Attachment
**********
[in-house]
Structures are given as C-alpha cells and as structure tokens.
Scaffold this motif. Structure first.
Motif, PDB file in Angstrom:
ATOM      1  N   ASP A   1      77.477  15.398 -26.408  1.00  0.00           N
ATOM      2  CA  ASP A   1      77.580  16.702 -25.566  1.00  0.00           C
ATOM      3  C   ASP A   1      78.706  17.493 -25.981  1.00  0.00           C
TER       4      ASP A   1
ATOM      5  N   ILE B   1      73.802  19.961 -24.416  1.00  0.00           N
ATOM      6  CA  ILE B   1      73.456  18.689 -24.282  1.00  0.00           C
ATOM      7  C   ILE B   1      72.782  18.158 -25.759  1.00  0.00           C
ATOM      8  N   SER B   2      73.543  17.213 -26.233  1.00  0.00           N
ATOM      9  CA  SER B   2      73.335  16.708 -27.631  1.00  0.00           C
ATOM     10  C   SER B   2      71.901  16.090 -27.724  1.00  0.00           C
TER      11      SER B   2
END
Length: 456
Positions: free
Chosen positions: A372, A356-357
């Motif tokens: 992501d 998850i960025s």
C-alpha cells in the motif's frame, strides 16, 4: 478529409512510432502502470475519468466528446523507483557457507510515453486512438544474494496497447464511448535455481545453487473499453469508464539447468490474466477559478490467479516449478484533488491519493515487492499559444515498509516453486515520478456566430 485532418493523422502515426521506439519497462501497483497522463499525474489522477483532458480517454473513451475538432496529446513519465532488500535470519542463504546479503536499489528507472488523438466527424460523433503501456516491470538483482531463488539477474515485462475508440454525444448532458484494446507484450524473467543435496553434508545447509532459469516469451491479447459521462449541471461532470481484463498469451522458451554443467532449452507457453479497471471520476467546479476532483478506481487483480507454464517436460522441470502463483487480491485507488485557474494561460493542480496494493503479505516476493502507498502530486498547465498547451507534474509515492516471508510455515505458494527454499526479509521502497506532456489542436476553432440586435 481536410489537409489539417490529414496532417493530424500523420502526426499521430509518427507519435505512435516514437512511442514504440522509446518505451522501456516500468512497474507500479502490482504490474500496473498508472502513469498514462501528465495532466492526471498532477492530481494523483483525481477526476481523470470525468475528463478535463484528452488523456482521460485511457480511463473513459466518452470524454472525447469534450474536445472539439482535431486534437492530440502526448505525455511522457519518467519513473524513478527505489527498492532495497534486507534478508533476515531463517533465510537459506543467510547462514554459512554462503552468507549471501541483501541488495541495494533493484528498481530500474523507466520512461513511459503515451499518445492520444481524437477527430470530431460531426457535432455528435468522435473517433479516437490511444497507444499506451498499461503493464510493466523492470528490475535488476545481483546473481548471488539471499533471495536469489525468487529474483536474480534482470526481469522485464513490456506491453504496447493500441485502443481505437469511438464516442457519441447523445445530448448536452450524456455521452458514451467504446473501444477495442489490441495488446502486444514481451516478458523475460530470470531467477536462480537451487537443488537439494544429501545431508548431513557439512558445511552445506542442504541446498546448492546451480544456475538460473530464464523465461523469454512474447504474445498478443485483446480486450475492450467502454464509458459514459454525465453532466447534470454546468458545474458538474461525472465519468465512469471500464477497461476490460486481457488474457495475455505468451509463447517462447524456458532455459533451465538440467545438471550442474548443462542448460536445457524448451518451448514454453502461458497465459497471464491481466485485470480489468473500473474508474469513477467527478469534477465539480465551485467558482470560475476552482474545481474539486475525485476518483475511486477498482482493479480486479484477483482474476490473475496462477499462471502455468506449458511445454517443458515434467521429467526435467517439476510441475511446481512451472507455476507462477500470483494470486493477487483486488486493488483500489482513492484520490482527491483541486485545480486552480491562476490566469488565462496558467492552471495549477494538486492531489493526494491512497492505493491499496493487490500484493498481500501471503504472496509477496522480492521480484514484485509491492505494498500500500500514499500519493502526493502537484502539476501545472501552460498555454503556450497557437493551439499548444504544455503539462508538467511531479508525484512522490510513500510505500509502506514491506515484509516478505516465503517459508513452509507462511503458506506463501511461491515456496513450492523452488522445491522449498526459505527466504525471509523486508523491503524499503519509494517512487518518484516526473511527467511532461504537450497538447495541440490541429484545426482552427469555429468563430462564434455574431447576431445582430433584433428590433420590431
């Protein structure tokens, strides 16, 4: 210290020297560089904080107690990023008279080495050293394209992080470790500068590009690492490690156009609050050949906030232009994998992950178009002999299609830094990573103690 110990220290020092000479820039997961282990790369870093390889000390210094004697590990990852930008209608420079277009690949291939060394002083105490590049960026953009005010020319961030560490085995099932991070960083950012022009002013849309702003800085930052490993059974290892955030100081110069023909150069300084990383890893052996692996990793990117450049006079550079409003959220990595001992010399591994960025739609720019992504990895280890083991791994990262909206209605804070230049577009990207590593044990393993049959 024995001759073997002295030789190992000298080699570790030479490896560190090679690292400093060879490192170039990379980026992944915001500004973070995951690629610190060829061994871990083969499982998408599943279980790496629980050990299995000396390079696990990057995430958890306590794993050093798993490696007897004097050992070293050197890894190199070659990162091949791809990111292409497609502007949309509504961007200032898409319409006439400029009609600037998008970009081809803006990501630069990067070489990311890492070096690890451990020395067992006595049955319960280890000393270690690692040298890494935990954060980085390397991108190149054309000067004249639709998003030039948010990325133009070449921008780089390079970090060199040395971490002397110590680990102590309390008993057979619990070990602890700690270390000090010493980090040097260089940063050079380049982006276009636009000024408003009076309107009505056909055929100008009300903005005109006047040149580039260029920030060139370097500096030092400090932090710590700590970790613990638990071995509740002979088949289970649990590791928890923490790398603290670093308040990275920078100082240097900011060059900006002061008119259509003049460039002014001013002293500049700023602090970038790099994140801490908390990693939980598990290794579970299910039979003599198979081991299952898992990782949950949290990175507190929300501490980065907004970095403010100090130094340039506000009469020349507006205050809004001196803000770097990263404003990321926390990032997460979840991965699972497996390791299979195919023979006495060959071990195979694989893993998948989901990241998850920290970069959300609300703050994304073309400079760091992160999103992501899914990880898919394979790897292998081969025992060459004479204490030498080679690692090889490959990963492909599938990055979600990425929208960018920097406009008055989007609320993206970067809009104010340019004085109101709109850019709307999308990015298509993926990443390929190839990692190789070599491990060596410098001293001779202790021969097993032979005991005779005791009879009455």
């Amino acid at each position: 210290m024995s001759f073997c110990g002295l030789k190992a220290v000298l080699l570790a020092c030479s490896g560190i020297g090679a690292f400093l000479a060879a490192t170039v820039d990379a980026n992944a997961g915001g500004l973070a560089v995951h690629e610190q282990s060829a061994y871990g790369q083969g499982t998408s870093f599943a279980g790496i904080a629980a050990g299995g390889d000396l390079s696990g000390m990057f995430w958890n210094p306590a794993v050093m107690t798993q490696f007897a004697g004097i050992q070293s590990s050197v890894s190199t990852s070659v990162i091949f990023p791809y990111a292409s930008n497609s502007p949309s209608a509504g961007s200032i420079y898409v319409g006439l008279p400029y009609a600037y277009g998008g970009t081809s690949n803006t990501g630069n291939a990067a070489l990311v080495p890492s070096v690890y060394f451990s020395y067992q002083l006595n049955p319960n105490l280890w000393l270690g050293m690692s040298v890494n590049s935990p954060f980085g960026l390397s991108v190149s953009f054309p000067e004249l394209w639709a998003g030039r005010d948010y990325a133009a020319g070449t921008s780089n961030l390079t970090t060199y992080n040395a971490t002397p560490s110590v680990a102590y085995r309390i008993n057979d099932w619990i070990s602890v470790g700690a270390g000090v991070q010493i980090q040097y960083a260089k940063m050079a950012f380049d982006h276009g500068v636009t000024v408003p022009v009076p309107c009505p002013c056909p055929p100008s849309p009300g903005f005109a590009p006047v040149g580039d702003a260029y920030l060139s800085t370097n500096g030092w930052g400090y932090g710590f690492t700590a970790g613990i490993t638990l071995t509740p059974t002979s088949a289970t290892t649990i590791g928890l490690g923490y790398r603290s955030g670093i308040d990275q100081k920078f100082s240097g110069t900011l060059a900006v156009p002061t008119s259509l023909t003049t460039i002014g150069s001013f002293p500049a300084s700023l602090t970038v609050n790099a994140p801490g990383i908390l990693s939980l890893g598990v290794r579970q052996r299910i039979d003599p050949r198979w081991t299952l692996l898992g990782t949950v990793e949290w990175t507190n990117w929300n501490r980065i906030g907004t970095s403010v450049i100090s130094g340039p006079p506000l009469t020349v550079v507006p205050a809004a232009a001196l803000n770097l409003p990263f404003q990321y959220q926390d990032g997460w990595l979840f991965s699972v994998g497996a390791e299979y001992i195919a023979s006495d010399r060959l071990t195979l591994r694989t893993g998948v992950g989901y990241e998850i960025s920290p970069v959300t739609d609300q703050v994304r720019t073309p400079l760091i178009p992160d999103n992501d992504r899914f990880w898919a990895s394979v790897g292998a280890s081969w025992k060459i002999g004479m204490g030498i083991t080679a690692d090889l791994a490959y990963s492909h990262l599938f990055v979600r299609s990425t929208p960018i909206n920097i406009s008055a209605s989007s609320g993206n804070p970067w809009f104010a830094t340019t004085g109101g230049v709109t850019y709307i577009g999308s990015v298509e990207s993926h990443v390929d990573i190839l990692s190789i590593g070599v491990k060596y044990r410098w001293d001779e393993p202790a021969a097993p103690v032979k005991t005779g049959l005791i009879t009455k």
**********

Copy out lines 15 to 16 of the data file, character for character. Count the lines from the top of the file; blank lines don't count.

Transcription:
TER      11      SER B   2
END